‘I have not attended any meeting I have a chance to. I don’t want to. There is no sign language interpreter, and without it, I will not understand what is going on in that meeting’.

Another deaf employee said:

‘The first meeting I attend was the last one. I cannot engage with them without sign language interpreters or note takers’.

Although the participant did not take part in formal work meetings due to the oral nature of the discussion, work information was communicated to him:

‘Information is put on paper and put into my desk. Usually, this is how I get information to do my daily work’.

He was the only deaf person at this company, but he seemed to be happy with his work and participated in work activities.

One major communication challenge faced by deaf people in the workplace was the lack of communication support. Social interactions in informal conversations could result in their feeling of exclusion. It is important to note that some employers ignored employment policies for disabled people. Recruitment methods for deaf people were lacking as some of the interviewee got their jobs through contacts. They also agreed that they received no training to begin their employment or carry out their assigned tasks.

The participants use various techniques to avoiding feeling isolated and to interact with their co-workers:

‘I usually use notes or my phone to communicate with my friends. My colleagues leave notes on the top of my desk with list of my daily work that I need to complete every day’.

Another deaf employee said:

‘I really enjoy communicating with my colleagues. I use my phone if I want to add something or use simple signing’.

Physical Barriers

Some interviewees commented that the work environment was an important consideration due to their hearing impairments. Most deaf employees who worked in hearing environments sought to work in quiet environments and avoided working directly with the public. Deaf people in public positions could face challenging noise environments and access to meetings. The public sector usually had more employees than the private sectors, which could create difficulties for deaf people. One participant who worked as an assistant in a public school mentioned:

‘All of the staff are hearing people, and our office is very noisy. I cannot focus’.

Another interviewee explained:

‘In my job, I have to attend meetings, and they use microphones, and I have to remove my hearing aid because it is loud for me’.

Such statements differed from those of the interviewees working in the private sector. For instance, one participant said:

‘I have my own office, and it is quiet. There are not many employees’.

Another deaf employee said:

‘When I am looking for a job, I put the condition of a non-noisy environment as the first condition’.

In many cases, these difficulties had been addressed by solutions, including reducing the volume of microphones and providing quiet staff rooms. Several comments praised supportive colleges and managers:

‘I work with supportive colleges. They understand my position as a deaf person’.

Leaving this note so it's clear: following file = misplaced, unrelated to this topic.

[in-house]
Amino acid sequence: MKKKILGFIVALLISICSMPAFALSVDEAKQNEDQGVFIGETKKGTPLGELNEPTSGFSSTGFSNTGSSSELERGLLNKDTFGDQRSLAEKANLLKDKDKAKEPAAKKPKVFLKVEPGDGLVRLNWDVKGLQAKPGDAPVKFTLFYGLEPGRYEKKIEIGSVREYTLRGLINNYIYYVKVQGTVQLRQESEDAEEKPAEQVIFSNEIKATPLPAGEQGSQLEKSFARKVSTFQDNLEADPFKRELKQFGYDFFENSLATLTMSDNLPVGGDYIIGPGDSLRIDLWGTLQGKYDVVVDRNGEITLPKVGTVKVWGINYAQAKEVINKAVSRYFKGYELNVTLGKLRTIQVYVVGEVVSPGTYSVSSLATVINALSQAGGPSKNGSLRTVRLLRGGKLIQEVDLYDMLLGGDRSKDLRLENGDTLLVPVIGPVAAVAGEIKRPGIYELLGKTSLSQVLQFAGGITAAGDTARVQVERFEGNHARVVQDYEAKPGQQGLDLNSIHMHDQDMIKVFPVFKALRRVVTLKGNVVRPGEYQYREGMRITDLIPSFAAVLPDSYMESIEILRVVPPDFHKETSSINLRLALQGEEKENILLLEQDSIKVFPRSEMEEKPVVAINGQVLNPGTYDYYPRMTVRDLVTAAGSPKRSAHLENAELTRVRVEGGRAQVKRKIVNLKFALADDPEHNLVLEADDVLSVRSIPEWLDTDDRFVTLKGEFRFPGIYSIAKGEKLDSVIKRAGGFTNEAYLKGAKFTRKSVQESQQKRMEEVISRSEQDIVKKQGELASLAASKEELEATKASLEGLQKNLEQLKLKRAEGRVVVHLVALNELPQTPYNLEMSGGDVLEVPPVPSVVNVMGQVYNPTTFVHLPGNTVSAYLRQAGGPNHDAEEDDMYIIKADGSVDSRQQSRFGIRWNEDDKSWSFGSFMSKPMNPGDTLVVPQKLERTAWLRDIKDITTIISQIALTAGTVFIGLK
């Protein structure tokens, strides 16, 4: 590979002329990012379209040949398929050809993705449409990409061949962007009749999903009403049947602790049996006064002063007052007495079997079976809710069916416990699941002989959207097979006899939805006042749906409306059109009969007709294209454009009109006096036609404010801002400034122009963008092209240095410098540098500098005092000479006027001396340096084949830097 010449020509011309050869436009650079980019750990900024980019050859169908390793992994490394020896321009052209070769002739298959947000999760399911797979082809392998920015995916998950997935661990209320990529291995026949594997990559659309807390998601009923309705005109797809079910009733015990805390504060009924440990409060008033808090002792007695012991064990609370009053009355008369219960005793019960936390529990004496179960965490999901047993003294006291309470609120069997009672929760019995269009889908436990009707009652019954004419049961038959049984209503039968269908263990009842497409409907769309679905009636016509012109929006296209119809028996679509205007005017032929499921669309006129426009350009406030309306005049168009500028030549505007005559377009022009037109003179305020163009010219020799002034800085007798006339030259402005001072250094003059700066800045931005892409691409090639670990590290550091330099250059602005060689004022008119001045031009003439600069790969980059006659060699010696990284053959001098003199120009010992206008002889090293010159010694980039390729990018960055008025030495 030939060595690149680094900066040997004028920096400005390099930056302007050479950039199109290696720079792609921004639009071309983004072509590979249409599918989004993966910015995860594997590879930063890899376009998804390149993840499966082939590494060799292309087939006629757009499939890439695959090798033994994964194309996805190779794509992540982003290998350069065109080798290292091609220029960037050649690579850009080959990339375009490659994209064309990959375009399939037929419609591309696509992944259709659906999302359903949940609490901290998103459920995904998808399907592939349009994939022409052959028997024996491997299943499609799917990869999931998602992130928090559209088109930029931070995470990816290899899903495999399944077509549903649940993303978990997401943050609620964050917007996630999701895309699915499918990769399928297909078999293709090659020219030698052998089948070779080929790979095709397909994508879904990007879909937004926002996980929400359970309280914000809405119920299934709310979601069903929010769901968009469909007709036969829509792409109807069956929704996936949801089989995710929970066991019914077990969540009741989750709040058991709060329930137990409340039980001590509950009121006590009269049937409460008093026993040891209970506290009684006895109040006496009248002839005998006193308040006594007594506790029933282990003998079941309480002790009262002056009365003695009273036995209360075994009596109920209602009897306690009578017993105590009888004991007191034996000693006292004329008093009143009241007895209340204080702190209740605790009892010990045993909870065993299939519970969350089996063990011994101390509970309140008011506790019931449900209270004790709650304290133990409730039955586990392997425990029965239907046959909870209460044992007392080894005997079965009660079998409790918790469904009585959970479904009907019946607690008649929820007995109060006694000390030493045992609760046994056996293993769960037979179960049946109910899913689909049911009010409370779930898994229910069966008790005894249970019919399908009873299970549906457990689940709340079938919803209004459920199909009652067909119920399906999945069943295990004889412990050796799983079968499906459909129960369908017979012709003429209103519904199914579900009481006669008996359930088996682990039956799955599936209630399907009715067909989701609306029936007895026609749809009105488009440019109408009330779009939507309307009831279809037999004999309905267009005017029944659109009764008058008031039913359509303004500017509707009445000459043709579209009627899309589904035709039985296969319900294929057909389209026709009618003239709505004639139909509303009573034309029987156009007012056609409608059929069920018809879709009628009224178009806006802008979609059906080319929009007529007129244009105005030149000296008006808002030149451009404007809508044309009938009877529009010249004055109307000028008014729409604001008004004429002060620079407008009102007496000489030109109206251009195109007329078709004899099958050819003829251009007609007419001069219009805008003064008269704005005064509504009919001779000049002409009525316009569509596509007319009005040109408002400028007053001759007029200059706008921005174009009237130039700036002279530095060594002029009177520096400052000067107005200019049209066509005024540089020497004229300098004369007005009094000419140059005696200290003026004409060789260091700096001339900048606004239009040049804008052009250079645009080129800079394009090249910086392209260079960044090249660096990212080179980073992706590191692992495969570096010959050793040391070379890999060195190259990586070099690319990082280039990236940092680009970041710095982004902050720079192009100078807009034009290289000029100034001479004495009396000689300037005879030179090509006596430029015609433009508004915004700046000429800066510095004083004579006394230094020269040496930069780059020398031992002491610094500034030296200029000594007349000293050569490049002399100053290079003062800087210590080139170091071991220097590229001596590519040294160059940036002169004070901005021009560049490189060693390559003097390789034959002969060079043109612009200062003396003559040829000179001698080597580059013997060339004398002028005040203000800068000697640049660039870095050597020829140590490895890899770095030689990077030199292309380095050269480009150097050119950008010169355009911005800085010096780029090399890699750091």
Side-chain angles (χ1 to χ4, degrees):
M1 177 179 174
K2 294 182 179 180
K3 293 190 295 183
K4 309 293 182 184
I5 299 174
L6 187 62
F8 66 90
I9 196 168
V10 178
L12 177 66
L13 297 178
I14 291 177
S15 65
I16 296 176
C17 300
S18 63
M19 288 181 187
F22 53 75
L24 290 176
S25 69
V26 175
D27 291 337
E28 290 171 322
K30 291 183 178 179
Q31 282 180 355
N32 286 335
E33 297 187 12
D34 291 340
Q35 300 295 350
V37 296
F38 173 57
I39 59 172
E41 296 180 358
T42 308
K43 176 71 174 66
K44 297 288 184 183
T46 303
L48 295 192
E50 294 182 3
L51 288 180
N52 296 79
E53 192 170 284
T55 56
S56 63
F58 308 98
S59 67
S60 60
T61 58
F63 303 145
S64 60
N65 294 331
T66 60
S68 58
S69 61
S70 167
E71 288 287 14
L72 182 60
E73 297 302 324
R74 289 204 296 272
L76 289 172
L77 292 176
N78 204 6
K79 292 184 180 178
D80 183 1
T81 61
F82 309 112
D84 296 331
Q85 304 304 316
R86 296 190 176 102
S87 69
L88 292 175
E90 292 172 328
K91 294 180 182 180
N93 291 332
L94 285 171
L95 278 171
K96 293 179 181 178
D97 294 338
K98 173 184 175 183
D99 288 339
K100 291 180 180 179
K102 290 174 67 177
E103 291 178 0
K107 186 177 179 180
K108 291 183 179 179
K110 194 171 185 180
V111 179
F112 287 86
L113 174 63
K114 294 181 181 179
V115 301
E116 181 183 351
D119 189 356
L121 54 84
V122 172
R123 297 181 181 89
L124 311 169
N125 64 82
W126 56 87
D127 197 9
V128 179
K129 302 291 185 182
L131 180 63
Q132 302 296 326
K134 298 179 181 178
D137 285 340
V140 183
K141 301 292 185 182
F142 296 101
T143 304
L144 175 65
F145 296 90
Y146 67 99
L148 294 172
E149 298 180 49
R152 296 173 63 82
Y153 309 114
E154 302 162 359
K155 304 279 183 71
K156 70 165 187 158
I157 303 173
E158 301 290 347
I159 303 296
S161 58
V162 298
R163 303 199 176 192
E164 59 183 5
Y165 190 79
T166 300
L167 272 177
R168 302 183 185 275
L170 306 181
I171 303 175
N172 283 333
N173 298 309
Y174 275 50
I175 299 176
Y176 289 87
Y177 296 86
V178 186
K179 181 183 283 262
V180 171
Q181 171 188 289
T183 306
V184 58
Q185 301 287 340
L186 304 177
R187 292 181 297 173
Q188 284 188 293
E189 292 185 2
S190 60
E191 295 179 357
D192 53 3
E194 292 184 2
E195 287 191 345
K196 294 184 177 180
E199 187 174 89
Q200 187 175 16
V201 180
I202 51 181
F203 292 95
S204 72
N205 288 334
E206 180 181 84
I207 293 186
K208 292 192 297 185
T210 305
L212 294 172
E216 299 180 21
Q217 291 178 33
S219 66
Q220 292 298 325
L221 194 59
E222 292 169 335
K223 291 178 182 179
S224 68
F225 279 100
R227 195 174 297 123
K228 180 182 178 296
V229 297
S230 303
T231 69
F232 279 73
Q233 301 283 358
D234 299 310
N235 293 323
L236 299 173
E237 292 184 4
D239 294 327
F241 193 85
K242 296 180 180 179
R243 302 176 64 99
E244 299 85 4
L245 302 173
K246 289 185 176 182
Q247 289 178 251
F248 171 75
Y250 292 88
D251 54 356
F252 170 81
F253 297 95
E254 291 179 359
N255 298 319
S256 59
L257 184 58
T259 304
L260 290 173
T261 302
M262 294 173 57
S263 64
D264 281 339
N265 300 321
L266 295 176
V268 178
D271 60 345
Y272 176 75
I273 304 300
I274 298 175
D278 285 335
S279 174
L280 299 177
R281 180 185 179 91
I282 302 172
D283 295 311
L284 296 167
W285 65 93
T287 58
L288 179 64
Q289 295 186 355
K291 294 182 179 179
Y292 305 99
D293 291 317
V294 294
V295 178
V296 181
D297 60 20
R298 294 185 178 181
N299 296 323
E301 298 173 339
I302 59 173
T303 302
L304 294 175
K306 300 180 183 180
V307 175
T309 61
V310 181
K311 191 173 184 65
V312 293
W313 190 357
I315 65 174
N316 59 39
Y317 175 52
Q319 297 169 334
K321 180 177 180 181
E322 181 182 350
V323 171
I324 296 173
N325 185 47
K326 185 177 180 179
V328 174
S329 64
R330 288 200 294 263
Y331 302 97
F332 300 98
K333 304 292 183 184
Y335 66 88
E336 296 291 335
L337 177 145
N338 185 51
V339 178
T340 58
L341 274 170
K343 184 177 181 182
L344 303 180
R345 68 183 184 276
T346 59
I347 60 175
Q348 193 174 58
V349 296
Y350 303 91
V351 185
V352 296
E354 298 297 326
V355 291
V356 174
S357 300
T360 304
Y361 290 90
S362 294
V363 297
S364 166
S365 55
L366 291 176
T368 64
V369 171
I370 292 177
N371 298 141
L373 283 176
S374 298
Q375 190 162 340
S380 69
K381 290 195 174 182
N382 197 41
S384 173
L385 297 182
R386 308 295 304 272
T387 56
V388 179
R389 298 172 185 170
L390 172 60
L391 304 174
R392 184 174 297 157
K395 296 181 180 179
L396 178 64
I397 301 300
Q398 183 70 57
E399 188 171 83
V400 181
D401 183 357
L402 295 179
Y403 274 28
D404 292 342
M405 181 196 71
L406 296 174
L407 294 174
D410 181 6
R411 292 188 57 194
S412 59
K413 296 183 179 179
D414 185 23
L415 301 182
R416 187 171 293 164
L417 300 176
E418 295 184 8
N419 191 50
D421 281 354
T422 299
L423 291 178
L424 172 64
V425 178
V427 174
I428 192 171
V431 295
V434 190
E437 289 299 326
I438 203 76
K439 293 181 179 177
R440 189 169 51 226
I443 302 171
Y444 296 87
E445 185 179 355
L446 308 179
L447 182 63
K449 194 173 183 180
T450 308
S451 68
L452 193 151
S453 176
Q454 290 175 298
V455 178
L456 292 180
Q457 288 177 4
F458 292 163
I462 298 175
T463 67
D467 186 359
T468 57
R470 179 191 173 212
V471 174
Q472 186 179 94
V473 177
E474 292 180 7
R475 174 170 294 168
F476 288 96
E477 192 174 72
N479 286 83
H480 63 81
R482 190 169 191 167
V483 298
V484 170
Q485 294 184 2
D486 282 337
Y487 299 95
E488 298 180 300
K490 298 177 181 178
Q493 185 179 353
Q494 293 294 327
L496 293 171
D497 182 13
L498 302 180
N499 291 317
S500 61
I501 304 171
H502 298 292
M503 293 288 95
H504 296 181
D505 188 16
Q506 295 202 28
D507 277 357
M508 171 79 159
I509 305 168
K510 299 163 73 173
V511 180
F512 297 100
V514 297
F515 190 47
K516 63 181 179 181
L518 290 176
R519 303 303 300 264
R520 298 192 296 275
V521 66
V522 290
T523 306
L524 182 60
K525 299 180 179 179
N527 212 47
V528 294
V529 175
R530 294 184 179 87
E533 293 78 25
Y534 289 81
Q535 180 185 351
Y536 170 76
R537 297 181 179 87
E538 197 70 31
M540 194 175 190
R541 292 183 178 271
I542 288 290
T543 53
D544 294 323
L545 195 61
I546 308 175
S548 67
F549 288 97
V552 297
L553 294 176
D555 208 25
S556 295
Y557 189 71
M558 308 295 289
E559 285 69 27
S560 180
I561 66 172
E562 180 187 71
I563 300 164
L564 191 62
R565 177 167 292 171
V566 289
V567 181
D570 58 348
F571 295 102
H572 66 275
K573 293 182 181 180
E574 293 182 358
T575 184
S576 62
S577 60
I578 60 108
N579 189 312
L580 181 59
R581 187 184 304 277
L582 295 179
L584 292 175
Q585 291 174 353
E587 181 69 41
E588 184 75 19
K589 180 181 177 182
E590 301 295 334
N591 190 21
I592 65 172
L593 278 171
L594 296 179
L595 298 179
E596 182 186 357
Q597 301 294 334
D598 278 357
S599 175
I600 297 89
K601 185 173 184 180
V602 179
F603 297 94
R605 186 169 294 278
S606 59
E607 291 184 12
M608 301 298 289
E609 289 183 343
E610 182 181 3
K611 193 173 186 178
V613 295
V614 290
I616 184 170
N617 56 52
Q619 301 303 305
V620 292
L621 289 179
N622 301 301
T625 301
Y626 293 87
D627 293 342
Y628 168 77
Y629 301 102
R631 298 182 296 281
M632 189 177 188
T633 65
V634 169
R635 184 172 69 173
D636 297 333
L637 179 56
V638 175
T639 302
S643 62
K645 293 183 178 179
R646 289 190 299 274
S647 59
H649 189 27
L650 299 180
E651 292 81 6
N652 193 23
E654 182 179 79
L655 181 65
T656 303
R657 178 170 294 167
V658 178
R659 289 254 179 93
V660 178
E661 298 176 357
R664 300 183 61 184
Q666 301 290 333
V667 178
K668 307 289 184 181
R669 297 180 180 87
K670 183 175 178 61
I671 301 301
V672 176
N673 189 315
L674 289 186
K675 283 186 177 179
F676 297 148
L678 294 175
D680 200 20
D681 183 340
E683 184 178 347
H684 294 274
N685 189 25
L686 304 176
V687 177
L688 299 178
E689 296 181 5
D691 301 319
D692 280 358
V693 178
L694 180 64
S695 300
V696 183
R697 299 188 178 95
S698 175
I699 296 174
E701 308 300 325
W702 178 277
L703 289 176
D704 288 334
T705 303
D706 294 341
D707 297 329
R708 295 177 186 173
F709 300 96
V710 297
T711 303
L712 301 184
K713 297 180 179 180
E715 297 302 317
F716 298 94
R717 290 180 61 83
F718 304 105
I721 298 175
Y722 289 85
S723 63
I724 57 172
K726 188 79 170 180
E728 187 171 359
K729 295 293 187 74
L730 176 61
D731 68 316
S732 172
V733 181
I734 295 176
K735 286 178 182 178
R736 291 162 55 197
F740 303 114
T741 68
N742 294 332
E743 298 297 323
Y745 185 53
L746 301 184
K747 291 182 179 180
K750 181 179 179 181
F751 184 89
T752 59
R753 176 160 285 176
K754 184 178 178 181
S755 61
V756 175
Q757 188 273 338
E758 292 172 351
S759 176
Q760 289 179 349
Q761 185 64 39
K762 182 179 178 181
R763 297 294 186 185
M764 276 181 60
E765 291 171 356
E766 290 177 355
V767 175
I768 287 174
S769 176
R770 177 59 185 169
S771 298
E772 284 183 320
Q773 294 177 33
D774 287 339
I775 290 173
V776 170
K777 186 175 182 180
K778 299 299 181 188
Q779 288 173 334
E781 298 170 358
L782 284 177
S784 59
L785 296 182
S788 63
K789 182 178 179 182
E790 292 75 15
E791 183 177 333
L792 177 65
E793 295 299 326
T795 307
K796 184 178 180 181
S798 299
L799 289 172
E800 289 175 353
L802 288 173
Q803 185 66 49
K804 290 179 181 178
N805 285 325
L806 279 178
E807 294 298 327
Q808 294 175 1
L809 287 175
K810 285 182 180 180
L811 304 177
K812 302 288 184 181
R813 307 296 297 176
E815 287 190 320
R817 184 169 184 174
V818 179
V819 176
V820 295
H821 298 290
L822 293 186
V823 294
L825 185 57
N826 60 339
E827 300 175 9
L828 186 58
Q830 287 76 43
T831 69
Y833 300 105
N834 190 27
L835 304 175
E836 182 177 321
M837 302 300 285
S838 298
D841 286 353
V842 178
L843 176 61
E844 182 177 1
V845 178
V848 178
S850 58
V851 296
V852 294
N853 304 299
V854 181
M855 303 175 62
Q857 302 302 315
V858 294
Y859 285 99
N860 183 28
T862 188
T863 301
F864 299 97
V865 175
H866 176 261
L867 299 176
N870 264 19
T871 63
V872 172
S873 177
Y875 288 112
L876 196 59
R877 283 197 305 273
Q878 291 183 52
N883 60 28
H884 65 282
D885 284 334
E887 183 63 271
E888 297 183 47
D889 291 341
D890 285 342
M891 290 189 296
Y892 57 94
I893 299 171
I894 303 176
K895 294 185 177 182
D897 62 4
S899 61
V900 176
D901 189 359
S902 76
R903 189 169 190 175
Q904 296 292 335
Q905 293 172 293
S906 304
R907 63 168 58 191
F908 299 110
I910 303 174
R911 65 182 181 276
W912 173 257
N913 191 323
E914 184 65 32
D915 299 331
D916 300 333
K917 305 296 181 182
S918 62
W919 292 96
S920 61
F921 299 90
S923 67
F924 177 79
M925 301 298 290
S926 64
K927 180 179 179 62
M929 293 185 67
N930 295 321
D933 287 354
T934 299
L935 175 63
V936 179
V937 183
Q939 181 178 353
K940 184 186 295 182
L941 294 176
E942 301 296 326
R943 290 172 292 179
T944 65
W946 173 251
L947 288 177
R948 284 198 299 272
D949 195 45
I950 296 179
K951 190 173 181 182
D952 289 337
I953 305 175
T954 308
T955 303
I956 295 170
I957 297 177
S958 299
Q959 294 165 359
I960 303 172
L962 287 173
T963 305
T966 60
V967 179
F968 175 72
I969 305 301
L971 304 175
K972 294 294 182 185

Another responded said:

‘My supervisor is very supportive. He changed, moved my desk to a silent area’.

Obtaining Accommodations

The participants encountered difficulties obtaining important accommodations, particularly interpreters but also flashing alarms and telephone amplifiers. Acquiring these accommodations sometimes involved lengthy waits. A deaf teacher said:

‘I required a flashing alarm when I started my job. I got it after around seven months’.

Another participant mentioned:

‘All of my colleagues have telephones for their offices, except me. I am still waiting’.

Some deaf participants reported a lack of deaf awareness training and hearing impairment information for co-workers and managers. However, others described the opposite:

‘We three deaf people work in the same department. I planned and organised a workshop and explained who we are and how we engage in work activities without services to help us’.

Some deaf workers reported that hiring sign language interpreters was difficult and costly, so they avoiding demanding sign language interpreters:

‘It was indirectly mentioned. During the interview, I was asked if I wanted to get that job without complete services. Do you still want that job? I said “yes” without thinking’.

However, several participants reported working in supportive environments:

‘Some of my colleagues are supportive. If I have meetings, they take notes’.

Another deaf employee said:

‘Depending on the event or the meeting, for formal meetings, I get a sign language interpreter. Also, if we have big event, and an organisation may visit us, I get a sign language interpreter’.

Type of Organisation and Job

Some deaf employees commented that the type of organisation and job in which they might work was an important consideration due to their hearing impairment. Often, they sought work in quiet environments and avoided working directly with public. For example, one participant described his experience at two institutions:

‘I changed my first job because it was very noisy, and they didn’t have a quiet area to work in’.

Some participants mentioned concerns about using the telephone and typing as barriers: